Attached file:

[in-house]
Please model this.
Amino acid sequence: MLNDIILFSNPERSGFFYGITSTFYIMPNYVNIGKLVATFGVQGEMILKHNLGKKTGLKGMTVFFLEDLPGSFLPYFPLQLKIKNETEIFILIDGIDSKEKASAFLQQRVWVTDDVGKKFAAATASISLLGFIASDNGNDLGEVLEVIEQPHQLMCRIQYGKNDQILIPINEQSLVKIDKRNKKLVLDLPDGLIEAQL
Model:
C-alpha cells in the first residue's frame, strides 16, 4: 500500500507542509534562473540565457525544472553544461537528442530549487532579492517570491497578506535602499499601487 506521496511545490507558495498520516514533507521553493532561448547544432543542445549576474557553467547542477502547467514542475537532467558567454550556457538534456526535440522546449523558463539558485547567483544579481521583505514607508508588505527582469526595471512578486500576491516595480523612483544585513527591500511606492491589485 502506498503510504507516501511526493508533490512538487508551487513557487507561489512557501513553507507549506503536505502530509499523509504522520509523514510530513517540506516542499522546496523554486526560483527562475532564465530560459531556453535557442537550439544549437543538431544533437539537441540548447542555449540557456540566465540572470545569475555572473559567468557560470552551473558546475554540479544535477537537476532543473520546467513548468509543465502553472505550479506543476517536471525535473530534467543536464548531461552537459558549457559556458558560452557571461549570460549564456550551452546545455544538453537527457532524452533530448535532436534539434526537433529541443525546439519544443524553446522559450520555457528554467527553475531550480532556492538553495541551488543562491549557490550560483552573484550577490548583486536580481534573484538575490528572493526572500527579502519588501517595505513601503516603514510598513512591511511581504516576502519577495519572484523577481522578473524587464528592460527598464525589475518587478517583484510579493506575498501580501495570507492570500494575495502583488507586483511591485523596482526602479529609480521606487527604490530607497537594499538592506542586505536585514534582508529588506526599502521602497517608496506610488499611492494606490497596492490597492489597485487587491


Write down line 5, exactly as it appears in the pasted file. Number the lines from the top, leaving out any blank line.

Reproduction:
C-alpha cells in the first residue's frame, strides 16, 4: 500500500507542509534562473540565457525544472553544461537528442530549487532579492517570491497578506535602499499601487 506521496511545490507558495498520516514533507521553493532561448547544432543542445549576474557553467547542477502547467514542475537532467558567454550556457538534456526535440522546449523558463539558485547567483544579481521583505514607508508588505527582469526595471512578486500576491516595480523612483544585513527591500511606492491589485 502506498503510504507516501511526493508533490512538487508551487513557487507561489512557501513553507507549506503536505502530509499523509504522520509523514510530513517540506516542499522546496523554486526560483527562475532564465530560459531556453535557442537550439544549437543538431544533437539537441540548447542555449540557456540566465540572470545569475555572473559567468557560470552551473558546475554540479544535477537537476532543473520546467513548468509543465502553472505550479506543476517536471525535473530534467543536464548531461552537459558549457559556458558560452557571461549570460549564456550551452546545455544538453537527457532524452533530448535532436534539434526537433529541443525546439519544443524553446522559450520555457528554467527553475531550480532556492538553495541551488543562491549557490550560483552573484550577490548583486536580481534573484538575490528572493526572500527579502519588501517595505513601503516603514510598513512591511511581504516576502519577495519572484523577481522578473524587464528592460527598464525589475518587478517583484510579493506575498501580501495570507492570500494575495502583488507586483511591485523596482526602479529609480521606487527604490530607497537594499538592506542586505536585514534582508529588506526599502521602497517608496506610488499611492494606490497596492490597492489597485487587491